So why does the US now consider Taliban disavowal of Al-Qaeda as being an expected outcome of talks, rather than a precondition? At one level, the US position reflects the reality that current links between the Taliban and Al-Qaeda are limited and the groups subscribe to different ideologies. In fact, being nationally focused, the Afghan Taliban has never conducted an attack outside Afghanistan, nor is there any indication that it seeks to do so. The US may also recognise the constraints that Taliban leaders face. Many live in Pakistan and fear that outright disavowal of Al-Qaeda would trigger deadly retaliation by extremists. 

But more importantly, there is now greater US recognition of Taliban resilience. Indeed, the movement may be stronger now than it was before the US military surge. According to ISAF, insurgents launched twice as many attacks across the country in 2012, than they did in 2008, before the surge. And the rate of Taliban attacks is rising. The Afghanistan NGO Security Office has said that insurgent attacks in the first quarter of 2013 were up 46% compared to the same period in 2012. 

The attacks are taking a huge toll on civilians – according to the UN over 3,000 have been killed so far this year – and Afghan national security forces are reported to be sustaining an average of 250 fatalities a month. On 18 June, NATO completed the transition of security lead to Afghan forces across the country. But in light of such high attrition rates, as well as critical logistical, capability and organizational weaknesses, it is far from certain that Afghan forces will be able to guarantee future stability. 

US officials appear to have recognised that the best hope of achieving peace in Afghanistan is ultimately through negotiations. In March, ISAF Commander General Dunford even went so far as to say that 'the solution to the war is political reconciliation'. Consider, additionally, that President Obama is now in his second term and perhaps willing to take more political risks. In this light, it is possible to see why the US would be willing to show flexibility in its preconditions to talks.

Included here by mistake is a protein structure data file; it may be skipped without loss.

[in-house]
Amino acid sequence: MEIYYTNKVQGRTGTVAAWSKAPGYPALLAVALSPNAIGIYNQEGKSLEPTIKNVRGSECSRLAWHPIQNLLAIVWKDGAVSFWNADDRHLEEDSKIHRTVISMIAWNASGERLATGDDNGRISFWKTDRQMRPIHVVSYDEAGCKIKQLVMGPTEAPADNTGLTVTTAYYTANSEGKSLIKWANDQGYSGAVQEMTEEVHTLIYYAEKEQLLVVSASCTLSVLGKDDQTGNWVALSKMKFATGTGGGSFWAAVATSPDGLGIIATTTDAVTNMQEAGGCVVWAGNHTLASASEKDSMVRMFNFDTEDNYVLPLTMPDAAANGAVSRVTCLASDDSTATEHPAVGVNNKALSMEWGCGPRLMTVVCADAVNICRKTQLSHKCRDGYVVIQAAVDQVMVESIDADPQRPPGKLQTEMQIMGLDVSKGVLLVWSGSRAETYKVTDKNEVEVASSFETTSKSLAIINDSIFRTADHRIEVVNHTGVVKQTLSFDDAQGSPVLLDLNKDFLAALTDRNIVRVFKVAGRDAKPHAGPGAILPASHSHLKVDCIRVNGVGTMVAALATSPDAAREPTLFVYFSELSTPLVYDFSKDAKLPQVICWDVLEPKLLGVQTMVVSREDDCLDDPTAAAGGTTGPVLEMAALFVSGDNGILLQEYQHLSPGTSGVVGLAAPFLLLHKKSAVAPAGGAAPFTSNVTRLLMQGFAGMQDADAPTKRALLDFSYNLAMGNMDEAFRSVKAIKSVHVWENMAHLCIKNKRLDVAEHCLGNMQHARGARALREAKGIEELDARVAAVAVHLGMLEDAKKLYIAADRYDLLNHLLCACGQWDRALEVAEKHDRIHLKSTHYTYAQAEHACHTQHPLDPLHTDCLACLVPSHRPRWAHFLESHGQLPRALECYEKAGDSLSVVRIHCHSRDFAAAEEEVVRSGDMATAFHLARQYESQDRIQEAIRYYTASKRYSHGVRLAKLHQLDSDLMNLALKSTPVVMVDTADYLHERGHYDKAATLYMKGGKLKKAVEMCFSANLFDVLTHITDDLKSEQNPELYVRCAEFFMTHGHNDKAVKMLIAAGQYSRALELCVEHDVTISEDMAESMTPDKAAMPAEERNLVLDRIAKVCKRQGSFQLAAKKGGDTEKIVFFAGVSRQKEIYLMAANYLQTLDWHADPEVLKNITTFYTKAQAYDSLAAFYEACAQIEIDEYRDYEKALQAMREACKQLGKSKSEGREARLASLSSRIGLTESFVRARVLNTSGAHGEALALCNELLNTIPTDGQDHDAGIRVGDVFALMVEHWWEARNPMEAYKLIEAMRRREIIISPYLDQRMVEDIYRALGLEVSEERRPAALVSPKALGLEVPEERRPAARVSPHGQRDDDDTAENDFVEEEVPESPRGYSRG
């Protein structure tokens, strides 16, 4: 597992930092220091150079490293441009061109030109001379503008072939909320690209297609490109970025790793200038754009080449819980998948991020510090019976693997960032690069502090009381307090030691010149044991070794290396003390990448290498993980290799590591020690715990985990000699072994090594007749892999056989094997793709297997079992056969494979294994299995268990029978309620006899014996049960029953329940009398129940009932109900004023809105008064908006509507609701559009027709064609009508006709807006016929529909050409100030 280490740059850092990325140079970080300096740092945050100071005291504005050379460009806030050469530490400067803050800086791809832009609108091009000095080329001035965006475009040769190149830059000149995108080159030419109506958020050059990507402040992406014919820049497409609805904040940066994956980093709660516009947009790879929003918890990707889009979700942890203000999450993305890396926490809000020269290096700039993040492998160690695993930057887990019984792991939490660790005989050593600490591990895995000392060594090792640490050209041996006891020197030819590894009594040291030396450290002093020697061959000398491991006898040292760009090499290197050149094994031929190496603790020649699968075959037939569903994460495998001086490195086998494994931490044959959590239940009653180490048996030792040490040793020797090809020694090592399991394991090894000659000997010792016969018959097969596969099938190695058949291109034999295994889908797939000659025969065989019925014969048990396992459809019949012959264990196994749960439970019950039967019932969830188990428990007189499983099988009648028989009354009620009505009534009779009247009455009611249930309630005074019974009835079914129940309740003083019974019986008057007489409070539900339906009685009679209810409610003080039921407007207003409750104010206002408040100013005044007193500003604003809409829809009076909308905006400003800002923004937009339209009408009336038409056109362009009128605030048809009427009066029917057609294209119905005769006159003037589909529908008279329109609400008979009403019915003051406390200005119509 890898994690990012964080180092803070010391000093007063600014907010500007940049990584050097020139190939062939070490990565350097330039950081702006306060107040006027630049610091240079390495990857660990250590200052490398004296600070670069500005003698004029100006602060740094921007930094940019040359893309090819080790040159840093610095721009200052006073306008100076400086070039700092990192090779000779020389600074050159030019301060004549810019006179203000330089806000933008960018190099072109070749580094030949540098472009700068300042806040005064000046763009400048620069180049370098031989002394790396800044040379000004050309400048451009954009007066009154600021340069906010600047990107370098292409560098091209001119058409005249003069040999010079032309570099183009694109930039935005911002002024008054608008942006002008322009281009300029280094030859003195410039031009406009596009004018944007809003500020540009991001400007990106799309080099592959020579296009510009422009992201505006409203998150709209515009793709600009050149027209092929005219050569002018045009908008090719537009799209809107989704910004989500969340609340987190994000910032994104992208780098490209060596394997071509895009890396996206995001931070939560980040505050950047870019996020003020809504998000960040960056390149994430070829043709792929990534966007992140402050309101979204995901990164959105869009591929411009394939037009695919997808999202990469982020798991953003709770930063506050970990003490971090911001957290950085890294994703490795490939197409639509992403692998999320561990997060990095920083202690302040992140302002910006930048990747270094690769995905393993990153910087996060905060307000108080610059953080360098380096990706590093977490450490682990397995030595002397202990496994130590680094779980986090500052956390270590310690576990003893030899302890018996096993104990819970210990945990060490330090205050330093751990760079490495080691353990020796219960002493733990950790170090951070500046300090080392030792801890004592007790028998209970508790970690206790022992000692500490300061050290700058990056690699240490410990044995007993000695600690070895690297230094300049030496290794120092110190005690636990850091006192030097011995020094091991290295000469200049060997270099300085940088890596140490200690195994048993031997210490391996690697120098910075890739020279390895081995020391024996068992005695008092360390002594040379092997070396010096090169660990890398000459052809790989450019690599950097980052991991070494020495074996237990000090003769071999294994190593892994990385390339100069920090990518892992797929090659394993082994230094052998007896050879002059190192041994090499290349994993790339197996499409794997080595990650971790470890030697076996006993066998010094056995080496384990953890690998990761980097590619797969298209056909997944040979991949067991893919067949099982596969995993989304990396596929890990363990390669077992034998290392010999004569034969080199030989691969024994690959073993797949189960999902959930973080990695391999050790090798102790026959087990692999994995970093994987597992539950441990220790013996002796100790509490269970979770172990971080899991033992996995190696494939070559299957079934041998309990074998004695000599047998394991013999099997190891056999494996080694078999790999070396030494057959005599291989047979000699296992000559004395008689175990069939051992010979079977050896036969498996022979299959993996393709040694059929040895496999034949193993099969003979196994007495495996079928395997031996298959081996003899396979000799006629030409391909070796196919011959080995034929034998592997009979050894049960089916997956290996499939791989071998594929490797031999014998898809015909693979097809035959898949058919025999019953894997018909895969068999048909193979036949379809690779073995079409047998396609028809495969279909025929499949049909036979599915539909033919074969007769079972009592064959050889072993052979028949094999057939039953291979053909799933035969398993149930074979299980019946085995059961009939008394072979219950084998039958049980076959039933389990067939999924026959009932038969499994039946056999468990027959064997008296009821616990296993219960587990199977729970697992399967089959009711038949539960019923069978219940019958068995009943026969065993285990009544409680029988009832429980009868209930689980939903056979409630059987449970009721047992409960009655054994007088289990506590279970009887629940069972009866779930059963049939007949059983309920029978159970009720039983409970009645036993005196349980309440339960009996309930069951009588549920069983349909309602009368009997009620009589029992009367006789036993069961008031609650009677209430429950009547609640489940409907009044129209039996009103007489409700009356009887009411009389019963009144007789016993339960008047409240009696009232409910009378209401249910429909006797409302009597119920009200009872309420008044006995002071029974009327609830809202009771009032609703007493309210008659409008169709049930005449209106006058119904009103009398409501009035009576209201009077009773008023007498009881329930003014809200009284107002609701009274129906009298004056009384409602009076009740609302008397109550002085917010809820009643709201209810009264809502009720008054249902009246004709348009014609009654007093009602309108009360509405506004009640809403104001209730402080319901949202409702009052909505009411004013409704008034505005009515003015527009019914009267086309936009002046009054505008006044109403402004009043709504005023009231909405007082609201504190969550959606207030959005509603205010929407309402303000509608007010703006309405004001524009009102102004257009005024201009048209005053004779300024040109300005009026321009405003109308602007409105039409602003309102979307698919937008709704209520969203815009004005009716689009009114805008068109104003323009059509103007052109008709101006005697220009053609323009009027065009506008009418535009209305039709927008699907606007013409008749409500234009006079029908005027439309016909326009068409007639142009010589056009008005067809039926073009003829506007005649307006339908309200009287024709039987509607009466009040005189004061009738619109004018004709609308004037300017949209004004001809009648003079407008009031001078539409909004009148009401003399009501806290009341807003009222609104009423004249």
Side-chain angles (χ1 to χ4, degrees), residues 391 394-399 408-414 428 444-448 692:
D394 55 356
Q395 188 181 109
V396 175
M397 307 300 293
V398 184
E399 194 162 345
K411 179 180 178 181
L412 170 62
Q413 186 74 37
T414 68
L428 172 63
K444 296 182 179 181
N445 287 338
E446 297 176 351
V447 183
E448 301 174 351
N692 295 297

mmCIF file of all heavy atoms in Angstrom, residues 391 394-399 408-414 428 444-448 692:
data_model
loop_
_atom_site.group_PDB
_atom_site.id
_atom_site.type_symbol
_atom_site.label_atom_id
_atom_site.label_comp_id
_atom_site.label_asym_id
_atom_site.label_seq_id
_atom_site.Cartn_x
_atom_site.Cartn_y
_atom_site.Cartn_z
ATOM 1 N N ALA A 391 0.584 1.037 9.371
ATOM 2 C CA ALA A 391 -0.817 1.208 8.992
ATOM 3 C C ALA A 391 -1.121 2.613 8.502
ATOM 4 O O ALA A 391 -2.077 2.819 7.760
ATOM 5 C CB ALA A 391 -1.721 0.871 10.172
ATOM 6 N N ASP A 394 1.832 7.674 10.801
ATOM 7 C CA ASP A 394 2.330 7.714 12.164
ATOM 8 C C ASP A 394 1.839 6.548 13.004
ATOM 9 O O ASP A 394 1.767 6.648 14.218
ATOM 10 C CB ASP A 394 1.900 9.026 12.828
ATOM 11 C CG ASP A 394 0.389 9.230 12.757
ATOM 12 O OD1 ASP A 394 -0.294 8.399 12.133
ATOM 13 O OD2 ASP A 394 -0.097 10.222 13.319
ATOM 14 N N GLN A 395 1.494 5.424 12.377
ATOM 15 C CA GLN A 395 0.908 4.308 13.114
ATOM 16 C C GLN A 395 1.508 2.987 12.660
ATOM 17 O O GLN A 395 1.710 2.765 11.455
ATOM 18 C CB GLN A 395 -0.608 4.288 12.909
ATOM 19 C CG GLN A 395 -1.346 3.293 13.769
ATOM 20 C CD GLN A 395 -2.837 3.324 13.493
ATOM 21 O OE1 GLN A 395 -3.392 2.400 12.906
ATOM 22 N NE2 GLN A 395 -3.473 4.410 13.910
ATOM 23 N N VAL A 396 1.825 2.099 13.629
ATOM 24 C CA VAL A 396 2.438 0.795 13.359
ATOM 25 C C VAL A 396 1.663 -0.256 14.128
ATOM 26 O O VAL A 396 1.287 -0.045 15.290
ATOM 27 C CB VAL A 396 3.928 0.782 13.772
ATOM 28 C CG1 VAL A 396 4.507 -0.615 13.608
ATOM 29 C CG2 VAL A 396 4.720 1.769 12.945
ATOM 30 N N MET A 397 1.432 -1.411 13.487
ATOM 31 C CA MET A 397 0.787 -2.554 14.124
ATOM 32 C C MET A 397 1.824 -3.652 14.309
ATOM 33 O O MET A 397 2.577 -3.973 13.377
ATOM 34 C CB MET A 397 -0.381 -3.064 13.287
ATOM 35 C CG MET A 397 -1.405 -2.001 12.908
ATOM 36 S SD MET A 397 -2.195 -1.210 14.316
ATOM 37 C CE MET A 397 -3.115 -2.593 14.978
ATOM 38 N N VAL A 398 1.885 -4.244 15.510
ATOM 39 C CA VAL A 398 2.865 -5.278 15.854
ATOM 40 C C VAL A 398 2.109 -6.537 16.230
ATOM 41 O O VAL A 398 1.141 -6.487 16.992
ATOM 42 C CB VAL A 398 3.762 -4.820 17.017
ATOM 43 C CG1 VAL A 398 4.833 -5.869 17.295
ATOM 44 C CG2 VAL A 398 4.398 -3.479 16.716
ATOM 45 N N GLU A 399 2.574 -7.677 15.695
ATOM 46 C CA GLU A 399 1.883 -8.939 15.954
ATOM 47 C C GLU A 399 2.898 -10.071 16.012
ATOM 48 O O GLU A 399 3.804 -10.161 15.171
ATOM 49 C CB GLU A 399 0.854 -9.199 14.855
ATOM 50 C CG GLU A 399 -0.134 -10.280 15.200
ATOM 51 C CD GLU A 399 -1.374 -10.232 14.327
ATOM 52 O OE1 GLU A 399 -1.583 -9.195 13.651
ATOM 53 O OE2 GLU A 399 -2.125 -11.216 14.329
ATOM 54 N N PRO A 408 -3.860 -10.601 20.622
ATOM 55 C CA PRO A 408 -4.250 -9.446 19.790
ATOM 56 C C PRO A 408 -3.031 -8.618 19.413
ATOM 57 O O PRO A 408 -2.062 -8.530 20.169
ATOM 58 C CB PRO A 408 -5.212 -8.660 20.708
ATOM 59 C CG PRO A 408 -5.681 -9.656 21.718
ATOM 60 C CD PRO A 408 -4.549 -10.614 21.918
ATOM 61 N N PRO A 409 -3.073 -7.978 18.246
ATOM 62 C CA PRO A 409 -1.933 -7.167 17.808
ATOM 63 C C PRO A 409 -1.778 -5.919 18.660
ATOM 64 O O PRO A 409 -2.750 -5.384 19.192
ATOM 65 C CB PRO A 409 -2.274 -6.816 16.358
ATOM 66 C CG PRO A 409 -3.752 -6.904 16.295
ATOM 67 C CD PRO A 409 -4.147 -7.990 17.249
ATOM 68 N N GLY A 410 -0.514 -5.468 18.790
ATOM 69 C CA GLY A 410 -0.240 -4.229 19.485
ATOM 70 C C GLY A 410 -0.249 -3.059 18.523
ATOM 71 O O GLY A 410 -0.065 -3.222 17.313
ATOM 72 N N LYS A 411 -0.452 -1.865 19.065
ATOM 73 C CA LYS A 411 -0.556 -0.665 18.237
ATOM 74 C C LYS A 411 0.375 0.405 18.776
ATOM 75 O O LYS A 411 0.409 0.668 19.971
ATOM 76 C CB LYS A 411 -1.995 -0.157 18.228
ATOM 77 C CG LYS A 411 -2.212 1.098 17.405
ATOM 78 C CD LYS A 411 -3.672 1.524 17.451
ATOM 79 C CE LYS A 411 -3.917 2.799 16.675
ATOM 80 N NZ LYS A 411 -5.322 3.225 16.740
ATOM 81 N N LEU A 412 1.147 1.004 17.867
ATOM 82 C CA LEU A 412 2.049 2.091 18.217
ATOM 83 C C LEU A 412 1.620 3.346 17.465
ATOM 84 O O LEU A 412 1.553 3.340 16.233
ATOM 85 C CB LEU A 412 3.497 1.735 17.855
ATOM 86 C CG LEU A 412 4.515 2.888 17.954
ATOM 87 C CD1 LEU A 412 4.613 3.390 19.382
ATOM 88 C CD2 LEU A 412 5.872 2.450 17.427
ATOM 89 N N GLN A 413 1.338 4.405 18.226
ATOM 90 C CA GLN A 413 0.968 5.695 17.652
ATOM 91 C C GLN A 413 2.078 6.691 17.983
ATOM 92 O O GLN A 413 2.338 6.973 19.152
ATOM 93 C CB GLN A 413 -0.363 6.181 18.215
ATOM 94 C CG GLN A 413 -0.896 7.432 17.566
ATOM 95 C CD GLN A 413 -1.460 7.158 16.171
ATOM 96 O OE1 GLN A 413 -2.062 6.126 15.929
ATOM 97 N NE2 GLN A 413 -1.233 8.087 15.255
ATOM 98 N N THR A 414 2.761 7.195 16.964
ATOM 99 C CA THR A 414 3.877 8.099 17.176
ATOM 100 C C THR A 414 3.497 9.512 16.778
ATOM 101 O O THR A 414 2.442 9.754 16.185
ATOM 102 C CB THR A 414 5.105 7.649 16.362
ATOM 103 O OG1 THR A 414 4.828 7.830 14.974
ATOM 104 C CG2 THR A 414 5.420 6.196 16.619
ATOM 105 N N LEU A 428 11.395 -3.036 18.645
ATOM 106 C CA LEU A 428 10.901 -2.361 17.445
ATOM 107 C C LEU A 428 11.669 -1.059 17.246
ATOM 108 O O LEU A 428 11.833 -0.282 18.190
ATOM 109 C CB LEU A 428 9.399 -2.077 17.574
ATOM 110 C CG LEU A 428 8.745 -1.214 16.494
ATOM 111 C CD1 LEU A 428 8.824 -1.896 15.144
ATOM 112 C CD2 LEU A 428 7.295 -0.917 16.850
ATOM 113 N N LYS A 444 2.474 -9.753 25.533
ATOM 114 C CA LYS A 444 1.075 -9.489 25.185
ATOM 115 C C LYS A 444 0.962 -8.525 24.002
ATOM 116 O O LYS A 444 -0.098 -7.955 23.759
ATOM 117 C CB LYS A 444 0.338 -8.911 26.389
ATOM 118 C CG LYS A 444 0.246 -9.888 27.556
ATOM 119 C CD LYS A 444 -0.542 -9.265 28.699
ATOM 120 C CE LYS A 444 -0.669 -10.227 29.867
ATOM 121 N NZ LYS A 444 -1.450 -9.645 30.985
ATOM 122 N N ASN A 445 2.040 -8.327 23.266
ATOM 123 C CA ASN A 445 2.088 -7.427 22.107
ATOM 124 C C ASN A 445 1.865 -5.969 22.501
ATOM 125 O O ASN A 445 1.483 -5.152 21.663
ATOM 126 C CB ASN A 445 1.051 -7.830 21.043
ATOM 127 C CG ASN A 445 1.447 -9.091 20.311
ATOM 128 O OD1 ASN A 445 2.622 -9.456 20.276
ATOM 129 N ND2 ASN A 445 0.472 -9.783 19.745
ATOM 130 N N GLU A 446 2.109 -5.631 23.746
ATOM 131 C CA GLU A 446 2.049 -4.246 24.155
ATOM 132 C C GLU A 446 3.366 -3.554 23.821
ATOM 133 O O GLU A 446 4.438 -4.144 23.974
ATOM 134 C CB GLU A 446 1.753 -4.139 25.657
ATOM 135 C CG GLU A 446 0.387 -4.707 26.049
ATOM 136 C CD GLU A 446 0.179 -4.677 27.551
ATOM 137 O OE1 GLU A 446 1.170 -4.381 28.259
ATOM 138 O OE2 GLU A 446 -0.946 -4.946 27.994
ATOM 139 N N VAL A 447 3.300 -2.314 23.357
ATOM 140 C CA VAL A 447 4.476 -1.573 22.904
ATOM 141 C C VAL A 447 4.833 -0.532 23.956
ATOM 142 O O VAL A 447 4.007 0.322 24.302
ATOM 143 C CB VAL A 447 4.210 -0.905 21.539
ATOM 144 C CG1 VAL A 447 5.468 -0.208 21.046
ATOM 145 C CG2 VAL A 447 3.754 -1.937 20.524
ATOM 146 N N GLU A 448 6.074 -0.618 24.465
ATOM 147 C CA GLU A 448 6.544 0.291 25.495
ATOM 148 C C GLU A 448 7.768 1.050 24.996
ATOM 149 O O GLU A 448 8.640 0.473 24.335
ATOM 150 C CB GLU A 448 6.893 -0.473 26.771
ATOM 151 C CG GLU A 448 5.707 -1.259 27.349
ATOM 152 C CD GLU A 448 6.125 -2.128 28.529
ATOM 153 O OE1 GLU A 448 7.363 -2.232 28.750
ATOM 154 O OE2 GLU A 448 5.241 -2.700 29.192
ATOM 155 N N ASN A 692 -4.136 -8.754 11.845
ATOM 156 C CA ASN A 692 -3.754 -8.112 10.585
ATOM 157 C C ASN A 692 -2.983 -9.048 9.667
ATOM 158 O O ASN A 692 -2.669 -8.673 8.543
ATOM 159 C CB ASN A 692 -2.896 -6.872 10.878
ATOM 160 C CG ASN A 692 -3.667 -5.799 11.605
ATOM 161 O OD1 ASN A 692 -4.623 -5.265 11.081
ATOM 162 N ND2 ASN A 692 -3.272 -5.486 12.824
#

The Afghan government's turnabout

Another key factor which enabled the office to open was the apparent, but perhaps transient, rapprochement between Kabul and Doha. President Karzai has long feared that a Taliban office in Qatar would enhance the Taliban's international status, while marginalizing the Afghan government from peace talks. However, Afghan-Qatari relations improved. Notably, just over a week ago, President Karzai met with the Emir of Qatar, Sheikh Hamad Bin Khalifa, after which they announced renewed cooperation on the Afghanistan peace process. Presumably, President Karzai had been sufficiently reassured in order to give the green light to the opening of the Taliban office. 

But his subsequent strong objection to the office and suspension of the Afghanistan-US security dialogue suggests it didn't quite go as he had expected. The Taliban have always sought to establish the office in their name: the Islamic Emirate of Afghanistan. But Karzai is indignant at events which, in his eyes, look like the inauguration of an embassy of a government in exile, rather than an office for talks with the recognised Afghan government. That purpose is barely evident from the Taliban's statement. Furthermore, he is acutely suspicious of Western intentions and has long felt pressured into accepting the Qatar office, despite his preference for talks in Afghanistan, or failing that, in Turkey or Saudi Arabia.